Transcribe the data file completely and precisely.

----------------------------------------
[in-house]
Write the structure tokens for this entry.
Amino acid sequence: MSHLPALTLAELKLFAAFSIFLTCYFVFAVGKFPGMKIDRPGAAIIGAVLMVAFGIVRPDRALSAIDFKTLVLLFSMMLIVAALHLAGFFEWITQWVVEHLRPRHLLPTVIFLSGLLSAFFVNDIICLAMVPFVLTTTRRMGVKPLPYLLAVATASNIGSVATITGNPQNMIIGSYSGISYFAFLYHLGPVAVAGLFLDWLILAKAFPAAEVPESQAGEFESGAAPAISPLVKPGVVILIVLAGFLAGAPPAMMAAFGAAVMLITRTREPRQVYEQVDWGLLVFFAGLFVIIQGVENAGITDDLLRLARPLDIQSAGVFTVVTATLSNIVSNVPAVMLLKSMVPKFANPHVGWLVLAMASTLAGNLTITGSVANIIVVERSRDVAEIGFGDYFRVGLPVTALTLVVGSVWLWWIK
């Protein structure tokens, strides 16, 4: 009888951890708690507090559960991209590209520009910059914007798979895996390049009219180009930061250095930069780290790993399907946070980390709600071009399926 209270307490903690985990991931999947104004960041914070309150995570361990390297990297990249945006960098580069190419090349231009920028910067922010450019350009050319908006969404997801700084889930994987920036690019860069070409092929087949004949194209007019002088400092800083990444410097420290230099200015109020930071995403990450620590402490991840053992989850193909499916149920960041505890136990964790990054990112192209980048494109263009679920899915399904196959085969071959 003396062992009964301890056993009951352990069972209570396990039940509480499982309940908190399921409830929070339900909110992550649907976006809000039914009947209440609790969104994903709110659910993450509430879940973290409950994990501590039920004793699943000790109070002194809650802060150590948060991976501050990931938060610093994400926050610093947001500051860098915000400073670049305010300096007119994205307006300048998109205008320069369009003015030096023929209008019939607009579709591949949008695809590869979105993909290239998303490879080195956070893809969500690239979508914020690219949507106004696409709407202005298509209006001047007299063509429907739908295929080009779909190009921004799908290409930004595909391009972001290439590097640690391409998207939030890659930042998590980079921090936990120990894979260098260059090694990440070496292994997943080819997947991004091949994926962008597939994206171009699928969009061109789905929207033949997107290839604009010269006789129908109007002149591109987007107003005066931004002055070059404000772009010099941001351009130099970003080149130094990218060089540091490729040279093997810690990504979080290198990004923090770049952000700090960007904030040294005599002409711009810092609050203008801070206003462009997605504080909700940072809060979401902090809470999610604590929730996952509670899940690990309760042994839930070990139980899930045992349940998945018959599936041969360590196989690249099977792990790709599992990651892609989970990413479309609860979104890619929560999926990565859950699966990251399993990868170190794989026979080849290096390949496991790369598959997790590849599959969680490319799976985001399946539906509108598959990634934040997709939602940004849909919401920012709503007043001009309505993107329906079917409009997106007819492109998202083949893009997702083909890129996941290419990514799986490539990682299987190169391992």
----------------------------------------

[in-house]
Write the structure tokens for this entry.
Amino acid sequence: MSHLPALTLAELKLFAAFSIFLTCYFVFAVGKFPGMKIDRPGAAIIGAVLMVAFGIVRPDRALSAIDFKTLVLLFSMMLIVAALHLAGFFEWITQWVVEHLRPRHLLPTVIFLSGLLSAFFVNDIICLAMVPFVLTTTRRMGVKPLPYLLAVATASNIGSVATITGNPQNMIIGSYSGISYFAFLYHLGPVAVAGLFLDWLILAKAFPAAEVPESQAGEFESGAAPAISPLVKPGVVILIVLAGFLAGAPPAMMAAFGAAVMLITRTREPRQVYEQVDWGLLVFFAGLFVIIQGVENAGITDDLLRLARPLDIQSAGVFTVVTATLSNIVSNVPAVMLLKSMVPKFANPHVGWLVLAMASTLAGNLTITGSVANIIVVERSRDVAEIGFGDYFRVGLPVTALTLVVGSVWLWWIK
């Protein structure tokens, strides 16, 4: 009888951890708690507090559960991209590209520009910059914007798979895996390049009219180009930061250095930069780290790993399907946070980390709600071009399926 209270307490903690985990991931999947104004960041914070309150995570361990390297990297990249945006960098580069190419090349231009920028910067922010450019350009050319908006969404997801700084889930994987920036690019860069070409092929087949004949194209007019002088400092800083990444410097420290230099200015109020930071995403990450620590402490991840053992989850193909499916149920960041505890136990964790990054990112192209980048494109263009679920899915399904196959085969071959 003396062992009964301890056993009951352990069972209570396990039940509480499982309940908190399921409830929070339900909110992550649907976006809000039914009947209440609790969104994903709110659910993450509430879940973290409950994990501590039920004793699943000790109070002194809650802060150590948060991976501050990931938060610093994400926050610093947001500051860098915000400073670049305010300096007119994205307006300048998109205008320069369009003015030096023929209008019939607009579709591949949008695809590869979105993909290239998303490879080195956070893809969500690239979508914020690219949507106004696409709407202005298509209006001047007299063509429907739908295929080009779909190009921004799908290409930004595909391009972001290439590097640690391409998207939030890659930042998590980079921090936990120990894979260098260059090694990440070496292994997943080819997947991004091949994926962008597939994206171009699928969009061109789905929207033949997107290839604009010269006789129908109007002149591109987007107003005066931004002055070059404000772009010099941001351009130099970003080149130094990218060089540091490729040279093997810690990504979080290198990004923090770049952000700090960007904030040294005599002409711009810092609050203008801070206003462009997605504080909700940072809060979401902090809470999610604590929730996952509670899940690990309760042994839930070990139980899930045992349940998945018959599936041969360590196989690249099977792990790709599992990651892609989970990413479309609860979104890619929560999926990565859950699966990251399993990868170190794989026979080849290096390949496991790369598959997790590849599959969680490319799976985001399946539906509108598959990634934040997709939602940004849909919401920012709503007043001009309505993107329906079917409009997106007819492109998202083949893009997702083909890129996941290419990514799986490539990682299987190169391992």